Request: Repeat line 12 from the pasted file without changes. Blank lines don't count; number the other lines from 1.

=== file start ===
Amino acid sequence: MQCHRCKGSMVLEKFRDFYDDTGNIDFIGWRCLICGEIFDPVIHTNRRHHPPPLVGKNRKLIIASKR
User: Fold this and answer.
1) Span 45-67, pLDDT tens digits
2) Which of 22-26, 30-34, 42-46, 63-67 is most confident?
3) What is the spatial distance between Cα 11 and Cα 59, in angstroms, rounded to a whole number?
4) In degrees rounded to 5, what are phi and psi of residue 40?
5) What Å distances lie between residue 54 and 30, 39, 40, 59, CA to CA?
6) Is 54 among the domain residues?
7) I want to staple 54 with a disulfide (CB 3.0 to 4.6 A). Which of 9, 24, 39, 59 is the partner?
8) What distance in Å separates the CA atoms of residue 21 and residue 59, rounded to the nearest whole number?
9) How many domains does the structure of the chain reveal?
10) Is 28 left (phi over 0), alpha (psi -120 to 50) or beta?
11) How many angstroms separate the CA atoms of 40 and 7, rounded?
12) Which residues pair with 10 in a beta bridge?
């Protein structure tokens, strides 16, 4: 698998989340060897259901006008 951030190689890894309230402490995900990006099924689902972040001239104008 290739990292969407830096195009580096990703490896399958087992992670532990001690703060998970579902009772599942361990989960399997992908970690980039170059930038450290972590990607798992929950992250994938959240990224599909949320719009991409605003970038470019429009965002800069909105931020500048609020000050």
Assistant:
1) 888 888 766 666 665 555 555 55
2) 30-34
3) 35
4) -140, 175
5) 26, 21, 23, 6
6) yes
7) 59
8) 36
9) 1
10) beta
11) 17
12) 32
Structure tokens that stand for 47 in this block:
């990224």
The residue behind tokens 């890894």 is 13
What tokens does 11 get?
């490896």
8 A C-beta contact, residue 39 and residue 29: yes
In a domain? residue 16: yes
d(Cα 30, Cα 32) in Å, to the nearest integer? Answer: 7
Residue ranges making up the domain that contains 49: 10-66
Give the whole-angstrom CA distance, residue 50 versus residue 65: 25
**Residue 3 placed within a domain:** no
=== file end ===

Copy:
10) Is 28 left (phi over 0), alpha (psi -120 to 50) or beta?